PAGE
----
I am a lead carpenter for DBS Remodel, based in Poughkeepsie, N.Y., and kitchen remodels are a primary focus of our business. In many of the older homes we work in, however, “kitchen remodel” doesn’t always describe what most people think. Yes, it includes new cabinets and finishes—what you see when we walk away from the job on completion. But so much more goes into it, particularly with an old house, which often requires a great deal of remediation to bring all the elements of the room to a “healthy state”—structurally sound as well as free of water and moisture problems and toxic materials.
That was the case on a job we completed in spring 2023 in a house originally built in the 1930s. In the intervening years, the kitchen had undergone at least four major remodels, possibly more; one of these had enclosed an old porch to expand the kitchen, and a wrap-around deck had been added (though it’s hard to know if the two jobs were concurrent).
On the latest remodel we were called to do, the homeowner wanted to open up the kitchen as much as possible to the rest of the house and make the room feel less confining, but she didn’t have an extra room we could open onto, so we couldn’t change the footprint. The best we could do was open one end to the adjoining living space and raise the ceiling in the part of the room that had been the old porch to create a vaulted area near a new French door that would replace a poorly operating sliding door.
To address a host of structural and water-related problems, we had to take the room down to the studs and joists, removing many layers of flooring and even several layers of ceilings. In our initial walk-through, we had discovered old flooring tiles that we suspected contained asbestos. We tested these and our suspicions proved correct, so we began by removing what we could without disturbing that layer of flooring, and then turned the jobsite over to an asbestos abatement crew. (For a detailed discussion on asbestos abatement, see my article “Managing Asbestos During a Remodel,” Jul/Aug/21). We also tested for lead paint but didn’t find any, despite the age of this house. It’s likely that an earlier remodel, which eliminated the original plaster and lath and the original trimwork, took care of that.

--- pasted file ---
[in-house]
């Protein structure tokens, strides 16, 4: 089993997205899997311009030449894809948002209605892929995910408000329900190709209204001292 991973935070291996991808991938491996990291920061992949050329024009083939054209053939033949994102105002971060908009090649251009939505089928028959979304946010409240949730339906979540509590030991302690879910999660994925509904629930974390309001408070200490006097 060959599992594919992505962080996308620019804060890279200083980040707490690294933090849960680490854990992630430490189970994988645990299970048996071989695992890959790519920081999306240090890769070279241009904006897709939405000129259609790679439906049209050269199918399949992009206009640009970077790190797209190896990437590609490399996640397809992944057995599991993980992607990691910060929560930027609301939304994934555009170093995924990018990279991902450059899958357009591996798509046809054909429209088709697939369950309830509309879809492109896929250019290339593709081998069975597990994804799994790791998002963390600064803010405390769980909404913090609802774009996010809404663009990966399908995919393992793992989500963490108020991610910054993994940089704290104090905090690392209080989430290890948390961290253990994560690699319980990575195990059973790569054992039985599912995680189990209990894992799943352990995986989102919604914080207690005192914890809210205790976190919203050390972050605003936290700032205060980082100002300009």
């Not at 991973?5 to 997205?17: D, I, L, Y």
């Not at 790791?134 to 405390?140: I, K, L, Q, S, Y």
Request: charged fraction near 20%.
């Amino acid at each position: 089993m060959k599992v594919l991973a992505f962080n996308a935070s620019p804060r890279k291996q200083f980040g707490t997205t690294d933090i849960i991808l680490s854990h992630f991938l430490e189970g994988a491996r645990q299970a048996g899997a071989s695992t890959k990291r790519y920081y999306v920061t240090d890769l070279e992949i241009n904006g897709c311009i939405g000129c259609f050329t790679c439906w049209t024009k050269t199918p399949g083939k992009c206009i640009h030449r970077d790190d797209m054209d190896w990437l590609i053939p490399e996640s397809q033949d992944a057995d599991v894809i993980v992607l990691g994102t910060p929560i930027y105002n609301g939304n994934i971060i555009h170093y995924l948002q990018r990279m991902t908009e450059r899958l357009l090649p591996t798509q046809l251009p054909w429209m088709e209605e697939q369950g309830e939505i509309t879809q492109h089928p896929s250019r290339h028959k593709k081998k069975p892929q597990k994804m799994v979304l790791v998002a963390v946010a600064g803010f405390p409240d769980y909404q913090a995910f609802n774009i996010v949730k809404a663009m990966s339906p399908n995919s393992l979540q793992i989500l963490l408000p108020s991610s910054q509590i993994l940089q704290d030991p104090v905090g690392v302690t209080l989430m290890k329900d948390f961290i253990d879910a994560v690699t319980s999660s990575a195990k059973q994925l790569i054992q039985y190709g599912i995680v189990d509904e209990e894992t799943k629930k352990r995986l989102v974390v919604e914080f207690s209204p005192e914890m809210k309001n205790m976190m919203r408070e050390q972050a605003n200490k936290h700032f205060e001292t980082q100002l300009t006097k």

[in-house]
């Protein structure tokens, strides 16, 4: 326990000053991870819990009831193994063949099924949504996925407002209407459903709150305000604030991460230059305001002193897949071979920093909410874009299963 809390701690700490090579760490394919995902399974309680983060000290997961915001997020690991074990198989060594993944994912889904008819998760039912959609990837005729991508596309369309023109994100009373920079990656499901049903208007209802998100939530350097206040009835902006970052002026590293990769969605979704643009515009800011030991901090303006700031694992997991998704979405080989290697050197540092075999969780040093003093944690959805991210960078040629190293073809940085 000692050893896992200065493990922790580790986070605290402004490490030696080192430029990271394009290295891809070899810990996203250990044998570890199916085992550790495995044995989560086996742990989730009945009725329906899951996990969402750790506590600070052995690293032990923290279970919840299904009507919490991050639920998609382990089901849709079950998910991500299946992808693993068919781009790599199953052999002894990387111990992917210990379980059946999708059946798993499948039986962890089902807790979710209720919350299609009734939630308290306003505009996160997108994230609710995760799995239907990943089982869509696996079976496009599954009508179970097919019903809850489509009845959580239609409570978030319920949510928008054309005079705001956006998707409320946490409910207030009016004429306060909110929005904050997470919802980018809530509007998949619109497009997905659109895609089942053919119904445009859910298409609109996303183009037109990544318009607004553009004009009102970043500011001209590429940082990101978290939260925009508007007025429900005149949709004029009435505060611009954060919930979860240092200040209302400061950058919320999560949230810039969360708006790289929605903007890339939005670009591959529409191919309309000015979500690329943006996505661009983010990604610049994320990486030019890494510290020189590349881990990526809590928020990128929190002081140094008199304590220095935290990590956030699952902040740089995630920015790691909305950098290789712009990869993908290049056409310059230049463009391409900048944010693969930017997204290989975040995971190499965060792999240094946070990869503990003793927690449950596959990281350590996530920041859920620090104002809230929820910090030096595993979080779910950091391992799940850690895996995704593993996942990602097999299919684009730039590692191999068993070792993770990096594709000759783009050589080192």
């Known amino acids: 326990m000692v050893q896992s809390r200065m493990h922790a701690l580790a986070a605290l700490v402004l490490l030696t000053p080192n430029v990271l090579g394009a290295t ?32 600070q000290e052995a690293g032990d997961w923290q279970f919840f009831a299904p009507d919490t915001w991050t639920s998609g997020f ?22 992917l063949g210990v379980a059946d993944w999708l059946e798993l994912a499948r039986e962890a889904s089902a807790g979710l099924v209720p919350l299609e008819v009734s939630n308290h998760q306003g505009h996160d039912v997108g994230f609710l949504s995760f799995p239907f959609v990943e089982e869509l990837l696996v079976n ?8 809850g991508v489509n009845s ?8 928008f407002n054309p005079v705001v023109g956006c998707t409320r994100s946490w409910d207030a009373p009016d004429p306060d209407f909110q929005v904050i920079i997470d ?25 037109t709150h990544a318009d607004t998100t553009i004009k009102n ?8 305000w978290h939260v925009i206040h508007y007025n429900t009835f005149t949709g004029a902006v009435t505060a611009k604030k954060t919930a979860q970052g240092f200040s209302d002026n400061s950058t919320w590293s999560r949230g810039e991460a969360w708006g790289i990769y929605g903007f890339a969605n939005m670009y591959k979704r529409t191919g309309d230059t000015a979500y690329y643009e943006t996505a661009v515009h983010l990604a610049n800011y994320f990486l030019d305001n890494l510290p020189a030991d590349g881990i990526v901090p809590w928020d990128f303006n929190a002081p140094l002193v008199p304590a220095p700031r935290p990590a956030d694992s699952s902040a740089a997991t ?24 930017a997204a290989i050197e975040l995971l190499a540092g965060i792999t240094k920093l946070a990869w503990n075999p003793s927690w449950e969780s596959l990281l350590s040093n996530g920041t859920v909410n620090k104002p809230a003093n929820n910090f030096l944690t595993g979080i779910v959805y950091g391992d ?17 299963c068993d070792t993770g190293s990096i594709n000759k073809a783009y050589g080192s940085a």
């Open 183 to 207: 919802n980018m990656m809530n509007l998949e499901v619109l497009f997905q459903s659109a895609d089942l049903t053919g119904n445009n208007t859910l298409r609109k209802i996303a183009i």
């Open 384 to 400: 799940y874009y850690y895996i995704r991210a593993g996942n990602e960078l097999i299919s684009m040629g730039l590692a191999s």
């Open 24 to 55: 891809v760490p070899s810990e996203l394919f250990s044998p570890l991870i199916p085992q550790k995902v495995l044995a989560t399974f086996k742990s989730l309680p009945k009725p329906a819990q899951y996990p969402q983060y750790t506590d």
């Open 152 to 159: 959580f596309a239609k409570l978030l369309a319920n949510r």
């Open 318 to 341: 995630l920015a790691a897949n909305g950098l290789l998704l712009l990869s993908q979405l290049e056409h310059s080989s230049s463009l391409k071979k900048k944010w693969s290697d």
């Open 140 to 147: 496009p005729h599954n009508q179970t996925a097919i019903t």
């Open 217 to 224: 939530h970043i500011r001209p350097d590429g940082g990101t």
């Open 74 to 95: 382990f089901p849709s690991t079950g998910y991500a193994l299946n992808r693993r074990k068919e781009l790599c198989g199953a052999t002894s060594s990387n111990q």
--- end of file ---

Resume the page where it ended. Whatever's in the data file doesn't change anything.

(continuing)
Once the asbestos flooring was removed, we continued with the floor demolition. All of the old porch floor structure was vastly undersized and had suffered a lot of water damage, so we tore it out completely.
The floor joists under the main house were in better shape, but this area of the floor was about 3 inches out of level. Once the framing was level, we would have a step down into the adjoining living room to keep the same kitchen floor elevation as the deck surface. This was a consideration we made sure the homeowner understood going into the design phase of the project.
The sill beneath the exterior door opening had also suffered a lot of water damage. We had to tear out a considerable amount of rot from the sill, rim joist, and some stud ends and tie in new, pressure-treated wood. We also used pressure-treated for the new floor framing over the old porch area because the dirt crawl area had the potential to become wet, and there would be no access to it.
The exterior deck, which was just above grade with no significant crawlspace beneath it, was in good shape and was not part of the scope of work. This meant we had no access to the rim joist and ledger from the exterior. An existing pressure-treated ledger was in good shape, but the rim joist needed to be replaced. To flash the new rim joist, we adhered ice-barrier membrane on new pressure-treated framing material, then flipped it up with the membrane facing the exterior, working from inside the door opening.
While doing this repair work, we also rebuilt the door opening. This included cross-stringing the opening to make sure the wall sections on each side of the door weren’t doing a “scissors walk.” Part of the wall was out of plane and slightly out of plumb, but we were able to correct this when replacing the rotted stud ends and pushing the repaired ends into position along the new rim joist.
Once we stripped away the multiple ceiling layers and opened up the roof/floor framing, we encountered a number of structural surprises. We knew we had to install an LVL header in the exterior wall and an LVL beam at the far end of the kitchen where we opened the wall to the adjoining living space. We also suspected we would need to reinforce the intersection of the old porch roof with the main house. But we were surprised to find that there was no structural member at all holding up the roof/floor/wall intersection in this area, and the second floor was almost 2 inches out of level across the width of the room.